Short Notice for Concordia Sexual Misconduct Consultations

Undergraduate Consultation Notice “Pretty Hush”

  • Concordia’s Task Force on Sexual Misconduct is in the midst of its public consultations, with the undergraduate consultation running yesterday at the Grey Nuns’ Residence. Photo Miriam Lafontaine

Concordia’s Task Force on Sexual Misconduct is in the midst of its public consultations, with the undergraduate consultation running yesterday at the Grey Nuns’ Residence.

Some students say they’re dissatisfied, saying not enough notice was given to make sure undergraduates would be able to attend.

“A lot of councillors we’re very upset, on behalf of the undergraduate students, about the very short notice that was given for this particular session,” said Arts and Science Councillor Charlotte Genest.

“This session in particular was very important, considering [this] is the largest body that is most greatly affected by this issue.”

Undergraduates make up 81 per cent of the school’s population, but less than 30 students attended the session intended for them.

An email advising students to register for the consultation originally went out on March 14, two weeks prior to the meeting. However, there were no dates in the body of the message. Rather, it directed students to the Task Force’s webpage to learn more. The only other email reminder went out on Tuesday, just one day before the consultation.

“No one was here,” she said, mentioning that the Concordia Student Union didn’t get any prior warning from the administration, and got the alert to attend the event the same time as the rest of the student population.

Others who attended were dissatisfied with the format of the discussion.

“[I hoped for] more transparency about what the consultation process is, maybe a bit more collaboration with students about what’s needed in a collaboration process,” said Ciel Doell, an undergraduate student who facilitated the consultation.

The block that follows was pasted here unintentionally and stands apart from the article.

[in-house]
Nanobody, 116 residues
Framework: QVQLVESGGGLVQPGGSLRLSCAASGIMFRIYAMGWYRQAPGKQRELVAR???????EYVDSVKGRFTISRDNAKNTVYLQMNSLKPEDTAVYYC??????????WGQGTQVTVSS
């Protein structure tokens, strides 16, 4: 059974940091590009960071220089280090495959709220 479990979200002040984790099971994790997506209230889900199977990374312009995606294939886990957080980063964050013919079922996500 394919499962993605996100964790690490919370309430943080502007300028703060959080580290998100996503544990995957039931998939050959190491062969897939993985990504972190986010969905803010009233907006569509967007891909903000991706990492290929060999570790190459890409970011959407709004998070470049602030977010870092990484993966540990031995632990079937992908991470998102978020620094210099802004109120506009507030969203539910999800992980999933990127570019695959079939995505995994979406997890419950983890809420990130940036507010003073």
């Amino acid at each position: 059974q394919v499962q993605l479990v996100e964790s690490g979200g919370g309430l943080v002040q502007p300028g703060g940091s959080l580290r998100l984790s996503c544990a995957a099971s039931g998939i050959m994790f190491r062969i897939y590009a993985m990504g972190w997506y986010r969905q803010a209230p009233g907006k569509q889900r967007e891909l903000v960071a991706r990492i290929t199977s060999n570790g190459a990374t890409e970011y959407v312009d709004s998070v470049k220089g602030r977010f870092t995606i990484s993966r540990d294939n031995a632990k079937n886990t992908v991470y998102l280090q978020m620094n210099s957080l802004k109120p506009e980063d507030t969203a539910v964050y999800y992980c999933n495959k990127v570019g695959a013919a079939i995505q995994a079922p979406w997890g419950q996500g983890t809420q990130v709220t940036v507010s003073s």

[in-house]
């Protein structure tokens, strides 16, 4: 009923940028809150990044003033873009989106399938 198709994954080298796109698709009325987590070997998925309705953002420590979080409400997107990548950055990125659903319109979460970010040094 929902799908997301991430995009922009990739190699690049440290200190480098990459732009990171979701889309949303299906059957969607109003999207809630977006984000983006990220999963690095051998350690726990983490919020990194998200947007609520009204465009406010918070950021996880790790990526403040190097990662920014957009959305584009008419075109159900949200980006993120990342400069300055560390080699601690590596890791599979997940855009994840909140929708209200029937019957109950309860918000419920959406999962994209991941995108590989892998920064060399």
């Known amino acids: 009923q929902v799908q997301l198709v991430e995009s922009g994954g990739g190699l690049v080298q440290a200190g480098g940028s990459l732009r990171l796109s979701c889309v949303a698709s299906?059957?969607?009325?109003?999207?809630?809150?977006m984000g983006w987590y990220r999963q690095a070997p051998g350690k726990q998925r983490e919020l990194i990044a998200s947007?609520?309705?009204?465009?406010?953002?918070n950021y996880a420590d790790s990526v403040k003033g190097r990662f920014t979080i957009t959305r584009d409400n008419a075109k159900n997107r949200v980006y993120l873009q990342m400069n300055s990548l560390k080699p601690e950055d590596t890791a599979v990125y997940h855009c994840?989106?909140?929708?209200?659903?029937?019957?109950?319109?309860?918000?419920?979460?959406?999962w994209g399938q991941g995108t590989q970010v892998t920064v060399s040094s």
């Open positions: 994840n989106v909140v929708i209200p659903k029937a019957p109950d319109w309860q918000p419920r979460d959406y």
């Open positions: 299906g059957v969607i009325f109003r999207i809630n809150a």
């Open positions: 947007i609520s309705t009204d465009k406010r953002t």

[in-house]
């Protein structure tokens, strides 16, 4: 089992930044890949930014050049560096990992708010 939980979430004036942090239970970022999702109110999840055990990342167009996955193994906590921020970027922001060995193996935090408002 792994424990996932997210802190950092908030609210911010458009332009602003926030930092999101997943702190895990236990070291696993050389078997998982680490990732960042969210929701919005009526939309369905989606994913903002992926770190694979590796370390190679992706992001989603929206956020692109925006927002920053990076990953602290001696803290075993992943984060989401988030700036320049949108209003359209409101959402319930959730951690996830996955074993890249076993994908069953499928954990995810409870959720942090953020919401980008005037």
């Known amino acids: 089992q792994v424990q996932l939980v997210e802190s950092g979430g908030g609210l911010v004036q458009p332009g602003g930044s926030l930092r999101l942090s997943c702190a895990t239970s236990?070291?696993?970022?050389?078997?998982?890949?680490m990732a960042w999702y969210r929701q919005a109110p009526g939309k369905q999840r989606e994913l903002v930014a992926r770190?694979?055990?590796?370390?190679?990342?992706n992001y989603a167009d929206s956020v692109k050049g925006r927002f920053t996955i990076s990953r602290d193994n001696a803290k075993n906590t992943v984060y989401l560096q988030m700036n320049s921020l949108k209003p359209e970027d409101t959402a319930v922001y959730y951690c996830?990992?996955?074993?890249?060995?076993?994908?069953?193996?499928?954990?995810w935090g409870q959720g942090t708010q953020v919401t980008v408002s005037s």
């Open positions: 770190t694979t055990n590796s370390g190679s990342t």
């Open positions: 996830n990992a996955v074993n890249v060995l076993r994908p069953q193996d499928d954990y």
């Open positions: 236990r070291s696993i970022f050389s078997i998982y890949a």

Doell said they wished there could have been more space for students to decide exactly how the consultation would run, so students could decide the best environment to discuss “this sensitive information.”

“To allow students to have more agency and choice in how a collaboration could take place might be useful,” they said.

CSU Academic and Advocacy Coordinator Asma Mushtaq, who also attended, shared similar complaints. “It was pretty hush,” she said.

She also said it was unclear if students were allowed to bring new questions to the floor, arguing it was too structured as a discussion, as students were given firm questions and limited time to answer them.

Following a CSU-run congress on sexual violence, which resulted in the recommendation that the school take on all the Our Turn Report policy recommendations, Mushtaq said the union’s scheduled to meet the school on that topic sometime in April.

Our Turn, a national student movement focused on addressing sexual violence on campuses, recommends that sexual assault policies take a survivor-centered and gender sensitive approach. Earlier in the fall, the movement rated Concordia’s sexual violence policy with the lowest grade in the country, a D-.

“My criticism [of the Office of Rights and Responsibilities] is based on systematic failures that are noted by students,” said Mushtaq.“There’s inadequacies in the system, and we’re pointing it out, and at some point when you’re hearing the same stuff, you lose faith in the system.”

The task force was formed after allegations of sexual misconduct in Concordia’s English Department gained public attention. The task force is meant to review the school’s policies responses to complaints, and to ensure that Concordia becomes a “respectful and safe environment.”

At the consultation, undergraduates gave their thoughts on how the school’s sexual assault policies and resources could be improved, and encouraged to give their ideas on how the campus could be made safer and more inclusive. Students also discussed how training could be implemented within the school to prevent sexual misconduct.

Want to know more about what’s happening? Read The Link’s coverage here:

To facilitate disclosure from the community and to create a safe environment for attendees, organizers asked that students’ feedback be kept confidential.

Deputy Provost Lisa Ostiguy said that a summary of the responses given at the consultations should be made public sometime at the end of May. Similar questions will be given at consultations for graduate students, staff, and faculty members which will run until mid-April.

The consultation for faculty ran this afternoon, and those for graduate students and staff will happen on April 4 and April 5, respectively.

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